AgDM newsletter article, August 2001
By Neil Harl, Charles F. Curtiss Distinguished Professor of Agriculture, professor of economics, 515-294-6354, firstname.lastname@example.org
In handling discharge of indebtedness for income tax purposes, a highly important question is whether the taxpayer involved is solvent or insolvent. Except for the solvent farm debtor rule, the provision for real property business debt and purchase price adjustment, once a taxpayer becomes solvent, any further discharge of indebtedness produces ordinary income. For an insolvent taxpayer, discharge of indebtedness is excluded from income although the taxpayer's tax attributes and income tax basis of assets must be reduced.
General rules on determining solvency
The determination of solvency is made immediately before the discharge of indebtedness. Insolvency is defined as an "excess of liabilities over the fair market value of assets."
Both recourse and non-recourse liabilities are included in the insolvency computation although contingent liabilities are not included. To determine the fact and extent of insolvency, an appraisal of assets may be necessary. In a 1989 Tax Court case, debtors were not allowed to use the insolvency rules where they failed to prove they were insolvent prior to the discharge of indebtedness. The separate assets of a debtor's spouse are not included in determining the extent of insolvency.
A major issue in recent months has been whether assets, which are exempt from execution by creditors are included in the insolvency/solvency calculation.
Until 1999, the authority was compelling that exempt property was not included in the calculations of solvency or insolvency. Beginning with a 1940 decision by the Board of Tax Appeals (the predecessor to the Tax Court), and continuing through three more Tax Court decisions and two Internal Revenue Service private letter rulings, the authority clearly supported the exclusion of exempt property in calculating insolvency. However, in May of 1999, IRS signaled a change of position by revoking one private letter ruling and issuing a pair of private letter rulings and a Field Service Advice stating that the prior IRS position had been in error and that exempt property should be included in the calculations.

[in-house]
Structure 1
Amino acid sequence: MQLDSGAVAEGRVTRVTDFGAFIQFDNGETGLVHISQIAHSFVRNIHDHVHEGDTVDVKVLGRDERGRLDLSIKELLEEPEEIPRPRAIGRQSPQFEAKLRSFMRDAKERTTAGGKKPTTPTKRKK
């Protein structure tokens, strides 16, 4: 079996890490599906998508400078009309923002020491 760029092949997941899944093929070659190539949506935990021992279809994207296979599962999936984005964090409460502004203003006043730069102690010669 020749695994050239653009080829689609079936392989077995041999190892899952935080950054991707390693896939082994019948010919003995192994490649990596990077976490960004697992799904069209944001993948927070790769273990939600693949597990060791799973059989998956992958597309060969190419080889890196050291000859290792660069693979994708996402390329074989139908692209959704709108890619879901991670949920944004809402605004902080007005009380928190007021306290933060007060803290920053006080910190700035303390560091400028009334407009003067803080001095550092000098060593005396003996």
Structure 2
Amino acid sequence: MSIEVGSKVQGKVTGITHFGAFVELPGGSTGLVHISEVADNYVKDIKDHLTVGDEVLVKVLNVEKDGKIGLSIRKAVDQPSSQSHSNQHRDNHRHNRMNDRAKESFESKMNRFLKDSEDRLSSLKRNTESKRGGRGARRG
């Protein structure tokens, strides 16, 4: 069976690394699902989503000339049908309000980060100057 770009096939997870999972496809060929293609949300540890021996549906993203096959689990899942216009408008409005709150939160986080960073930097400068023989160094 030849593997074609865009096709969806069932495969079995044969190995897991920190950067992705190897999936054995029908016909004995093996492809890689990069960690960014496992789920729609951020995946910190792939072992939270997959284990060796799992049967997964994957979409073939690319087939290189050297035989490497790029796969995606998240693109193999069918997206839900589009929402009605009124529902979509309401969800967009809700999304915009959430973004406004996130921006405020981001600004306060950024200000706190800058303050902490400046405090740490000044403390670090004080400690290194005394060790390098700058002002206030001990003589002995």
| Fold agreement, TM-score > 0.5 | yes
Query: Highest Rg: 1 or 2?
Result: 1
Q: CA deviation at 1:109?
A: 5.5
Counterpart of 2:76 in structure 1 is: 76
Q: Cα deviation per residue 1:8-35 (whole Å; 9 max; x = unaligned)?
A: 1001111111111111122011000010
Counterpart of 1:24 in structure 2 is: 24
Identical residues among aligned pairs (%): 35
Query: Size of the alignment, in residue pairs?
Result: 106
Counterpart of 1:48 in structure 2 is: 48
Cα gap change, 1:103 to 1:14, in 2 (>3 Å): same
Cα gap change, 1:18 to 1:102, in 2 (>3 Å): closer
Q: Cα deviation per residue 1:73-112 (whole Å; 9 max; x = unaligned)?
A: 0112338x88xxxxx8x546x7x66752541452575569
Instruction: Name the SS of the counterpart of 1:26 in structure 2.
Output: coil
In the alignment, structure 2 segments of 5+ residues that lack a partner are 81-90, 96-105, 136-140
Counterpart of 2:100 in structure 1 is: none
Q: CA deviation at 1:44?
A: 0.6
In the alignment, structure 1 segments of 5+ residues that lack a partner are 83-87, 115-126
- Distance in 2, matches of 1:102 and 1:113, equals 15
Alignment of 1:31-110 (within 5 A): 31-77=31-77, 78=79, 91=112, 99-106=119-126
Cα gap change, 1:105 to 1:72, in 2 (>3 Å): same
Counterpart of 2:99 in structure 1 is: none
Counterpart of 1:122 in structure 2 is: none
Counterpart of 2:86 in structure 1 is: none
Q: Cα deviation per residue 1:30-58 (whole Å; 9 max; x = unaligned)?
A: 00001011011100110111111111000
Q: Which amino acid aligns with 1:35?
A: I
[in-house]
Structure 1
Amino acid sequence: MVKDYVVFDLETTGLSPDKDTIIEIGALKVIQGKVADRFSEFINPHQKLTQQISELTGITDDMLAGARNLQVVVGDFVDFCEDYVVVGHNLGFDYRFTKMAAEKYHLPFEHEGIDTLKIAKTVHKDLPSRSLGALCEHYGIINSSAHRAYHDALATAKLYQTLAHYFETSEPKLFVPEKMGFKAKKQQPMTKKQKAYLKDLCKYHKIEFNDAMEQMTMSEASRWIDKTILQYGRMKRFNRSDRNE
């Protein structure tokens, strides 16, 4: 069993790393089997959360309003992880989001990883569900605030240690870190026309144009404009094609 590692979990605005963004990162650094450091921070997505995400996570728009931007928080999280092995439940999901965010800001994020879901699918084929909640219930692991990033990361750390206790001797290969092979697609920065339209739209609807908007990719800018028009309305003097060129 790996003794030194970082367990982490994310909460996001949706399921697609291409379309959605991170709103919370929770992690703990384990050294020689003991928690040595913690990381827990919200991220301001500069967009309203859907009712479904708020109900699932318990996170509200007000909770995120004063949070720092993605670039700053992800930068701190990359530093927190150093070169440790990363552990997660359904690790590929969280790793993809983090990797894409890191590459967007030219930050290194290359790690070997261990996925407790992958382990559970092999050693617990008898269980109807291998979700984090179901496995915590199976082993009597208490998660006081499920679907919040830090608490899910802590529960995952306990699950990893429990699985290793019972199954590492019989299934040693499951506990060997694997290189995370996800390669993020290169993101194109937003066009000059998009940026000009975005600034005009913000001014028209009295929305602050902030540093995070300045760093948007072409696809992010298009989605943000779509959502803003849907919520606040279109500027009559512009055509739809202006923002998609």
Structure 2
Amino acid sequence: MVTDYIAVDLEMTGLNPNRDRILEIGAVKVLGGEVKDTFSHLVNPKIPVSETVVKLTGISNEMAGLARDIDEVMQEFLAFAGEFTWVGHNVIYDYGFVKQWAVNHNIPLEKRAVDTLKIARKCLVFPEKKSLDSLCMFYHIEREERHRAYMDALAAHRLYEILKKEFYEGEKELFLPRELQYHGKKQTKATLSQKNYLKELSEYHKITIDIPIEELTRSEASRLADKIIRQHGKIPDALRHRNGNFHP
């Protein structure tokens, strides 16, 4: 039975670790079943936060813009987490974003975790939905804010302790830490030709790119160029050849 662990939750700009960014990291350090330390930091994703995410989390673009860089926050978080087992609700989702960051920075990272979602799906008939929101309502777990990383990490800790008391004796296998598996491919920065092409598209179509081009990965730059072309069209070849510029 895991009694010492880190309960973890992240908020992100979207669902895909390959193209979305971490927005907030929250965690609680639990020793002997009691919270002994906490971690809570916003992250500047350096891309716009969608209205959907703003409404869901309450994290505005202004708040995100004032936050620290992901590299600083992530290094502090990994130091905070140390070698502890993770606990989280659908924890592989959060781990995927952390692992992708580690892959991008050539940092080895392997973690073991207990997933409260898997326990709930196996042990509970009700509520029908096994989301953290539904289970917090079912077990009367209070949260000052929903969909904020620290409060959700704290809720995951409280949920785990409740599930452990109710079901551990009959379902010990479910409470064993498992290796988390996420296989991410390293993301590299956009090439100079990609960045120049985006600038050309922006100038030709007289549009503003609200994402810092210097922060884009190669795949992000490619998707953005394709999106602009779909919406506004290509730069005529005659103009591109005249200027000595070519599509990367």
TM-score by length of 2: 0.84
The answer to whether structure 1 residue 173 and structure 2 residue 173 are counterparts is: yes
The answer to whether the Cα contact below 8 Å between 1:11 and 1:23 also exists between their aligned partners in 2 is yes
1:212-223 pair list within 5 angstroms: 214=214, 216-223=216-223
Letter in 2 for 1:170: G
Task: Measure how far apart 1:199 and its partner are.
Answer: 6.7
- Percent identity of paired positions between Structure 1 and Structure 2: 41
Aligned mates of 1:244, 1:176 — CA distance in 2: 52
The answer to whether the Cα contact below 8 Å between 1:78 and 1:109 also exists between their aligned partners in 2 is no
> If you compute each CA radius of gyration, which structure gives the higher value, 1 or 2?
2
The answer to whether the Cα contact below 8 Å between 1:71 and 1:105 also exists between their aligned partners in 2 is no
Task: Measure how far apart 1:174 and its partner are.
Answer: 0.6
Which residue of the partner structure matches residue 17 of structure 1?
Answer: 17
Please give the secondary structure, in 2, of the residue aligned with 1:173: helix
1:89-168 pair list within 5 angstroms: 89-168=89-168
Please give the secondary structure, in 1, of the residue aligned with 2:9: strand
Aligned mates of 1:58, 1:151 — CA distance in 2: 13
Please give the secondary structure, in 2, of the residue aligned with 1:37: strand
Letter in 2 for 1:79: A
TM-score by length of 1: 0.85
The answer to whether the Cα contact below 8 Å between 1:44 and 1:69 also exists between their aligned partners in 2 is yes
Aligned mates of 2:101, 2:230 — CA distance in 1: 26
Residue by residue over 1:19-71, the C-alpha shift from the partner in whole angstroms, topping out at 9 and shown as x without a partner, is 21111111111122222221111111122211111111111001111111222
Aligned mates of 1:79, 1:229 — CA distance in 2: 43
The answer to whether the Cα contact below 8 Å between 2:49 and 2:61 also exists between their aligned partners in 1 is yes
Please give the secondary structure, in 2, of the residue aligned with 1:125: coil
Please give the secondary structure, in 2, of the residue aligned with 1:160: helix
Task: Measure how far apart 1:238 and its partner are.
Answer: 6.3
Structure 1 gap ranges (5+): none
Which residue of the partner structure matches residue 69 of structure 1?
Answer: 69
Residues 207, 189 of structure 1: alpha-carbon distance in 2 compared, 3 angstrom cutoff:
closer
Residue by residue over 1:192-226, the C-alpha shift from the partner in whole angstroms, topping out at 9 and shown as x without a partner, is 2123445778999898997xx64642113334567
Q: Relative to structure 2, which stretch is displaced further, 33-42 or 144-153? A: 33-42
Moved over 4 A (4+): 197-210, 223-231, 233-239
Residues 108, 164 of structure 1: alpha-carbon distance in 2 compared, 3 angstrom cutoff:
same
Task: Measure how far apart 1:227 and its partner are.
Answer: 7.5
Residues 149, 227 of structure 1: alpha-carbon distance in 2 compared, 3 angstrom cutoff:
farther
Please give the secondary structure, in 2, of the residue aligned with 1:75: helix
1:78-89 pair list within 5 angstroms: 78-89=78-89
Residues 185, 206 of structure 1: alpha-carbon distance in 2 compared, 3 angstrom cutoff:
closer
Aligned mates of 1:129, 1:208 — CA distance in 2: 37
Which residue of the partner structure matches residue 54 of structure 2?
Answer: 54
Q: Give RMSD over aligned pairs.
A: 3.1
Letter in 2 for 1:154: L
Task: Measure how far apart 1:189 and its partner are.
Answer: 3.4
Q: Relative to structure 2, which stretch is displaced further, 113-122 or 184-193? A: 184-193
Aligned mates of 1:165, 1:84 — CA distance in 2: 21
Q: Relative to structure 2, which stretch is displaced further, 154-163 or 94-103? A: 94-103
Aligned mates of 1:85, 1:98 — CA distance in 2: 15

Tax Court decision
On February 23, 2001, the U.S. Tax Court decided a case upholding the new IRS position announced in May of 1999. In that case, Carlson v. Comm'r, the value of a fishing permit, which was exempt under Alaska law to commercial fishermen, was not excluded from the taxpayer's assets in determining insolvency. The taxpayer had financed the purchase of a boat for $202,451, in 1988, with a bank loan. In 1993, when the loan balance stood at $137,142, the bank foreclosed on the boat. The boat was sold for $95,000 as part of the foreclosure. The bank discharged the remaining $42,142 on the loan. As a result of the foreclosure sale, the taxpayer realized capital gain of $28,621 and discharge of indebtedness income of $42,142.
In determining whether the discharge of indebtedness amount was income, the question was whether the taxpayer was solvent. The taxpayer had assets of $875,251 and liabilities of $515,930. However, the taxpayer's "limited entry" fishing permit had a fair market value of $393,400 and was exempt from creditors under Alaska laws.
The taxpayer argued that exempt property should not count as "assets" for purposes of the insolvency determination with the result that the taxpayer would be insolvent and the discharge of indebtedness income of $42,142 would not be includible in income. The Internal Revenue Service took the position that the exclusion of exempt property from "assets" was a judicially-created exemption that had not been codified in I.R.C. § 108 in 1980 when enacted as part of the Bankruptcy Tax Act of 1980.
The Tax Court concluded that I.R.C. § 108(e)(1) (which states "there shall be no insolvency exception from the general rule that gross income includes income from the discharge of indebtedness" except as provided in I.R.C. § 108(a)(1)(B)) eliminated the judicially-created exception for exempt property.
This decision has important implications for farm and ranch estates where the value of exempt property is often $60,000 or more.
*Reprinted with permission from the May 11, 2001 issue of Agricultural Law Digest, agricultural law press publication. Footnotes not included.